Tuesday, January 5, 2010

Never too late

This is Toby, who should be an inspiration to us all, especially at this time of year. He's an old man now, pushing 16 and thin and not so well any more, and he probably won't see another Christmas - but even so, he's decided it's not too late for a change of direction. After about 12 years of lurking in the bedrooms where the dog's not allowed, he's finally decided that enough is enough and he'd like some comfort and company too; so he's been venturing into the living room. At first he sneaked in slo-mo around the walls, walking like an Egyptian with a fat tail - but now he's bold enough to walk almost normally across the room even when the dog is lying in the middle. It's heart-warming to see and I'm so glad he's found the courage to change and is reaping the rewards.

He's a smoochy cat and crawls into bed with me in the morning, sleeping with his head on the pillow while I cuddle him like a teddy bear. It's what I dreamed of when I was a child, cold in bed in chilly Christchurch, wrapped for warmth around my toy possum-skin koala, wishing it was alive. And here's the corollary: sometimes, what you wish for really isn't what you want.

Because I've met koalas since, and they're actually not that nice. Oh sure, they have the fur - but also long sharp claws, dirty bottoms, a bad-tempered expression and a spaced-out attitude. Not that that keeps them from getting down to business:

>>> “Would you like to sit up front?” asks the driver. “You can watch all the wallabies bouncing off the bumper.” You never can tell with Australians so I decide I had better take him up on his offer. I already know that Kangaroo Island, half an hour by plane from Adelaide, is teeming with all sorts of wildlife, so it’s possible that we really will be arriving at my accommodation in a vehicle plastered with dead marsupials – although I hope not, and not just because we’re going to an eco-lodge.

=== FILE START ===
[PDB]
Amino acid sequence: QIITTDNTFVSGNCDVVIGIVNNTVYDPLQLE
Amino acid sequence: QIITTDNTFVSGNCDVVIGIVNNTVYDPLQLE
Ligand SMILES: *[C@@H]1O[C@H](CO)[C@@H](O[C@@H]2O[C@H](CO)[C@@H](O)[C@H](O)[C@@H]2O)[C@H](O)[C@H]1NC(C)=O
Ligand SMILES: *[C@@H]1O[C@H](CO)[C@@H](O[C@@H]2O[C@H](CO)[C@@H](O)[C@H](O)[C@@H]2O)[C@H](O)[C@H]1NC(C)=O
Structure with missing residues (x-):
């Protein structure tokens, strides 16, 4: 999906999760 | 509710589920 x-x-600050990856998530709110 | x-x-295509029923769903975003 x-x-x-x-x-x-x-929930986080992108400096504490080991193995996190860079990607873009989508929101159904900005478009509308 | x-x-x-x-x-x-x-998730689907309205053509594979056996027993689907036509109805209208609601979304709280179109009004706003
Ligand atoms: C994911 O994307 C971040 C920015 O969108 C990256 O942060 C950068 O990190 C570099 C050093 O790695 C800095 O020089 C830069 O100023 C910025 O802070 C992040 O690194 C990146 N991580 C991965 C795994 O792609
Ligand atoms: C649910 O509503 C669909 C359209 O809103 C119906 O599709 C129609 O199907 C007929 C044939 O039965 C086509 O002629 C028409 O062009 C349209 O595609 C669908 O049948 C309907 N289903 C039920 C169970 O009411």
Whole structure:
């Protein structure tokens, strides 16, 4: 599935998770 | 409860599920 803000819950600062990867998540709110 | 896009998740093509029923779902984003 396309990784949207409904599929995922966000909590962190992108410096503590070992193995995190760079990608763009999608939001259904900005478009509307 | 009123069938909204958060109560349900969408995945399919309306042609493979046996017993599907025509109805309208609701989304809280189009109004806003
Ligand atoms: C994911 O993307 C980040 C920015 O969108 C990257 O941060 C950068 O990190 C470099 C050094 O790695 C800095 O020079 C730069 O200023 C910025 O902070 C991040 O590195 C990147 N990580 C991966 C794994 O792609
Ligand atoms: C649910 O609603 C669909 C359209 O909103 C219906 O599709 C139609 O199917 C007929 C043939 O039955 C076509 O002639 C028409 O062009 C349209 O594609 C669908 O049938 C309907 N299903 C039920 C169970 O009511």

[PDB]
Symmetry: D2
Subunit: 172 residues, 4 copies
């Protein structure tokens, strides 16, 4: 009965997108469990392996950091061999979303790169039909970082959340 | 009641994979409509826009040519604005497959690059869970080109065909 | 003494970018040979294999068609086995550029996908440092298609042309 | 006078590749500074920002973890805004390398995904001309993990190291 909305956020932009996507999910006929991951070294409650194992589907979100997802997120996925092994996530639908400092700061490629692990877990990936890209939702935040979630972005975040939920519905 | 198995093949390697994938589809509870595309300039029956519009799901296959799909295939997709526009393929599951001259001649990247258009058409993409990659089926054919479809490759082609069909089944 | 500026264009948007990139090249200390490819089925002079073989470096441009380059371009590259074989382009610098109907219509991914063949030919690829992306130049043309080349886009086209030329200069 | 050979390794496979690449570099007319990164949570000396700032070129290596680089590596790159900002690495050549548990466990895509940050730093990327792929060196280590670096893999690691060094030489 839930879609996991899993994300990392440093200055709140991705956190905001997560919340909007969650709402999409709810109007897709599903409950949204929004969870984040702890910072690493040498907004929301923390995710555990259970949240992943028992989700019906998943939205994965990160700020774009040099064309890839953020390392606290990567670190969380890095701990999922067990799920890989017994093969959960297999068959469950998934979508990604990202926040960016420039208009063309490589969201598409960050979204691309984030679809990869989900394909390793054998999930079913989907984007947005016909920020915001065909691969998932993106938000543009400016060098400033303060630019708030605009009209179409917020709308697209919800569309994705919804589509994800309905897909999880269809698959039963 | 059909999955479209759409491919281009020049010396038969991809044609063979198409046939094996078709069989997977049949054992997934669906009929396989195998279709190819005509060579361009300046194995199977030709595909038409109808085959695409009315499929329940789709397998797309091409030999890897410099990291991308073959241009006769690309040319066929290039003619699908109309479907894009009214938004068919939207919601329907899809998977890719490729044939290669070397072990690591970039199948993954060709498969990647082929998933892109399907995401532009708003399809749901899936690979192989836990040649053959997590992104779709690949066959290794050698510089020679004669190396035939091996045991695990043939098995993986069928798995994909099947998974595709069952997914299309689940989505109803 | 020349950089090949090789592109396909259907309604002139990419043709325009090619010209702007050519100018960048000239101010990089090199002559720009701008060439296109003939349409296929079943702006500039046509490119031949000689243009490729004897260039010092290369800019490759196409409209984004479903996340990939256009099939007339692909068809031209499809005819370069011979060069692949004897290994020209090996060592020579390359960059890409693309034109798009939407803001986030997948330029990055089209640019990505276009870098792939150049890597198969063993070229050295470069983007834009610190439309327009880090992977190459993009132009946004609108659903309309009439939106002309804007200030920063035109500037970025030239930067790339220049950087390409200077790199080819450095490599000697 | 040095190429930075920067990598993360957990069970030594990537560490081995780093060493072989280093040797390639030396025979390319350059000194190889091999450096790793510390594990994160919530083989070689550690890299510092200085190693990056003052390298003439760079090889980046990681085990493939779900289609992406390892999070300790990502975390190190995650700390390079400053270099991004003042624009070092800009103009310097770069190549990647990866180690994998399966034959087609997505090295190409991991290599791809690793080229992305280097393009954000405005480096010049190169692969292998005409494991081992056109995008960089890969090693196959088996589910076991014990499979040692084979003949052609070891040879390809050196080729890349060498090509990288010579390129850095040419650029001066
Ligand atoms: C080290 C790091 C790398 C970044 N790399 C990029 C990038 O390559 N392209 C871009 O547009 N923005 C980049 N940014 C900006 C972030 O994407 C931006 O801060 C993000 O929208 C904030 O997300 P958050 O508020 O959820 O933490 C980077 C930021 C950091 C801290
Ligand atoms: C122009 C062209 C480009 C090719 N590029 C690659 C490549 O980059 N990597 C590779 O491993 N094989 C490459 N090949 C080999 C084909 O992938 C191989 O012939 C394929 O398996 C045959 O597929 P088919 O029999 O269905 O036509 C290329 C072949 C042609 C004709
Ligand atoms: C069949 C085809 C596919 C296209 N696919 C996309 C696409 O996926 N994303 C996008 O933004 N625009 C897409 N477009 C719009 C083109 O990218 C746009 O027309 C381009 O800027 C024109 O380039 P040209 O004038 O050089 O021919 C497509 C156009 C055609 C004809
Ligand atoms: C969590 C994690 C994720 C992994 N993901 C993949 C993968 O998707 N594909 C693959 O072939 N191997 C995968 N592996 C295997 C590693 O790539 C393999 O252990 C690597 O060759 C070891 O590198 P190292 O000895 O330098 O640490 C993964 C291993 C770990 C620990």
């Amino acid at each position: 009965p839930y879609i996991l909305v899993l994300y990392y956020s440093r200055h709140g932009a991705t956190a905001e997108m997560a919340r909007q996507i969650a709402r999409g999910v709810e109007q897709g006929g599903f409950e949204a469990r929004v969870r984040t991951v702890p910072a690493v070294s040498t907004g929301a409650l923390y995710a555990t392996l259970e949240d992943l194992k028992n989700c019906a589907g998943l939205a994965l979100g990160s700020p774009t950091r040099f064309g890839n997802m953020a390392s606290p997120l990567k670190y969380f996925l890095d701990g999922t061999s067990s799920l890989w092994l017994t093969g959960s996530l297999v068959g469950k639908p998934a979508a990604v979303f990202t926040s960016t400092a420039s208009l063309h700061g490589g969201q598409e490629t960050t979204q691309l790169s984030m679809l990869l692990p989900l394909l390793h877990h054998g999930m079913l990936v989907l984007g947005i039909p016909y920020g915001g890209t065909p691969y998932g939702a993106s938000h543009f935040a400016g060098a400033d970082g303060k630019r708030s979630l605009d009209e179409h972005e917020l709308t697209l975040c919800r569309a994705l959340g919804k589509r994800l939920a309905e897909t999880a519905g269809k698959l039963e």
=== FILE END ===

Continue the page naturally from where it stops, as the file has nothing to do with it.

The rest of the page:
In fact Peter takes enormous care not to squash any of the kangaroos and wallabies that bound through the headlights and even swerves to avoid possums, which seems to me to be taking things too far. “Better not hit him – a mate of mine got a puncture,” he says as we slow for a spiny echidna bumbling across the road. When we arrive at the Wilderness Retreat our tally is zero, which makes it all the more ironic that after walking across the dark garden with wallabies and possums scattering before me, my dinner is a delicious barbecued kangaroo fillet in a creamy pepper sauce.

In the next two days I see more than enough kangaroos to ease my conscience and plenty of other animals too, even the hard-to-spot koala. On KI, as the locals call it, there are actually so many of these that control is necessary, involving the labour-intensive process of climbing up to each koala, putting a hood over its head and guiding it down to the ground, where it is taken away to a vet for sterilisation. Expensive? Certainly, but when you’re dealing with a national icon, there’s no other acceptable option...

[Pub. New Idea 18/10/08]

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